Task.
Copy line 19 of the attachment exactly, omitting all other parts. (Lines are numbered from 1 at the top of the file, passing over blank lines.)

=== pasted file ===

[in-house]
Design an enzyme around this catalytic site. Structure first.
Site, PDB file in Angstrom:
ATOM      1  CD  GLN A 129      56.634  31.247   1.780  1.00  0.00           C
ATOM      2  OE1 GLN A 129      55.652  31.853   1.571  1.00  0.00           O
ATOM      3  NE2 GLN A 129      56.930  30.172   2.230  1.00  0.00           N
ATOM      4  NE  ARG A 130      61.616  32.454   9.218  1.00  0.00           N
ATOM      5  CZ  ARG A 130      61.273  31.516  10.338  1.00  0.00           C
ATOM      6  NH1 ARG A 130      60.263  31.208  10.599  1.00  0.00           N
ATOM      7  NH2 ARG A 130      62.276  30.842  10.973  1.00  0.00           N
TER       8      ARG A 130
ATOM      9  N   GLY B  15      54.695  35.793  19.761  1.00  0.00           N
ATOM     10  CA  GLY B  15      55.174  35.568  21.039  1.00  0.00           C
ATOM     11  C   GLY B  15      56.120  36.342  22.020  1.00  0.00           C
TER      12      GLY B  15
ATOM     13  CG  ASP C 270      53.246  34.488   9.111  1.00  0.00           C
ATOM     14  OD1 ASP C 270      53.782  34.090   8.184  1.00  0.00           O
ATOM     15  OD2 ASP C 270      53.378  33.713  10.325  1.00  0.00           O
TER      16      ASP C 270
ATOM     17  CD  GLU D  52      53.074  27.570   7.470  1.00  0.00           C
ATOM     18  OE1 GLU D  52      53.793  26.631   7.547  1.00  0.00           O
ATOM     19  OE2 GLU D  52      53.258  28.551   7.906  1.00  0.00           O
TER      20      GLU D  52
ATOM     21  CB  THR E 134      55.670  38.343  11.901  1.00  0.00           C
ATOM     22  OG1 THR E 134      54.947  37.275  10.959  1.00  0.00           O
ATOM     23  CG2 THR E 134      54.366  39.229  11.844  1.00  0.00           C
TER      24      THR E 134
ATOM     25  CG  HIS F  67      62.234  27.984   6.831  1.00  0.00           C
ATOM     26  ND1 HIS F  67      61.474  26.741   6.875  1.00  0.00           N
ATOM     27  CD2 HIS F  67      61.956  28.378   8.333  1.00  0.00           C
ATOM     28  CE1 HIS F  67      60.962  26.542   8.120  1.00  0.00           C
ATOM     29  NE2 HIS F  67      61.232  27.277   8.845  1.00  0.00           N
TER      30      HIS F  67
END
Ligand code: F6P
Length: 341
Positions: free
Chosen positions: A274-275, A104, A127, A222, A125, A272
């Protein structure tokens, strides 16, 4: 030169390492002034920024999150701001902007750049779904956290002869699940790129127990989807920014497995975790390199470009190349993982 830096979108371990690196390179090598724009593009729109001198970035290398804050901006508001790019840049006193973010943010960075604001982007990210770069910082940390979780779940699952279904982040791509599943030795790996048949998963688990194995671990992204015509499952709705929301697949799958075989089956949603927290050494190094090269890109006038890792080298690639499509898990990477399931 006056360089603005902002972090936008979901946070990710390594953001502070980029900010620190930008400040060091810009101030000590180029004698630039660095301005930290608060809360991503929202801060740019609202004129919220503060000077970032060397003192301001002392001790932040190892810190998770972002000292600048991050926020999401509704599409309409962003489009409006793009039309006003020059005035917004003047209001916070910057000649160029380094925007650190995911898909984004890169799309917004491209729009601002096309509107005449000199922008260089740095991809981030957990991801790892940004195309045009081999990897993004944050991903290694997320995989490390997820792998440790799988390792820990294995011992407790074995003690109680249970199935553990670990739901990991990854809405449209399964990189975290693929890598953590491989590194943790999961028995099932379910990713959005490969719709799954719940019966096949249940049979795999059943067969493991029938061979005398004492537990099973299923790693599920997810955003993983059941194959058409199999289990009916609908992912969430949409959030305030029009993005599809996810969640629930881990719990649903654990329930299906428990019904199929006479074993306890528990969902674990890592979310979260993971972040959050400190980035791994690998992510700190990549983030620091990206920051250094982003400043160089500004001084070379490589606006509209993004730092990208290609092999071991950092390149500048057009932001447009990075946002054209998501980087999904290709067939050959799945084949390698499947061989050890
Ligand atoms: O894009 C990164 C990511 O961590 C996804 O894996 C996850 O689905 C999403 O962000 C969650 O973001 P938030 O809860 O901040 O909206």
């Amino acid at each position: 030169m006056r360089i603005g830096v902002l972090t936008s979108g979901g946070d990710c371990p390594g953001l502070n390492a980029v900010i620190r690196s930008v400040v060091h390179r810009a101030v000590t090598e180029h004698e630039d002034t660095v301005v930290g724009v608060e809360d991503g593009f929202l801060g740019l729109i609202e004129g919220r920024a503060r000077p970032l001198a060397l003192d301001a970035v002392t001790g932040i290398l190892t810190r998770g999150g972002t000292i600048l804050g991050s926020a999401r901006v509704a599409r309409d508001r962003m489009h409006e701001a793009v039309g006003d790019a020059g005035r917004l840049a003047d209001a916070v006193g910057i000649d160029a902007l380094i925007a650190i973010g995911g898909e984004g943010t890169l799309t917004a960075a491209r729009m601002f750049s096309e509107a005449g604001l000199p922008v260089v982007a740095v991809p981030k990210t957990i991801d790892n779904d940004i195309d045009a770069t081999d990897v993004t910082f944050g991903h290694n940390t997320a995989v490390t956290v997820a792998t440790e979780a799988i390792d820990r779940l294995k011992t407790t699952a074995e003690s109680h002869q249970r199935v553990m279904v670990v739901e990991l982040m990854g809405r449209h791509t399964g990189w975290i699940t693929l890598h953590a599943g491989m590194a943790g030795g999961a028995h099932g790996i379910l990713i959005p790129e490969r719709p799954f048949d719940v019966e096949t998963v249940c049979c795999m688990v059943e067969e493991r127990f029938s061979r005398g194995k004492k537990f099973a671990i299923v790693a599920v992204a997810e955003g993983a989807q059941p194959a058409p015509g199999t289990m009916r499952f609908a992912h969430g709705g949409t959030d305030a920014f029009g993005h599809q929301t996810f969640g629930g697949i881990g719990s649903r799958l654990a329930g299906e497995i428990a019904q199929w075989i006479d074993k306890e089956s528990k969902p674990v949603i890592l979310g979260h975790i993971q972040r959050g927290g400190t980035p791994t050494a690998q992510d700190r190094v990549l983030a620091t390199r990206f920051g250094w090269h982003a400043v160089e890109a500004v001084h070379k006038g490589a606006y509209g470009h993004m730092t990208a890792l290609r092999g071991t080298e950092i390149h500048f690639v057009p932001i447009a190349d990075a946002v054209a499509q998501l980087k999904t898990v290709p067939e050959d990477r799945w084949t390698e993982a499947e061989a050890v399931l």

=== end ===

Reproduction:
TER      16      ASP C 270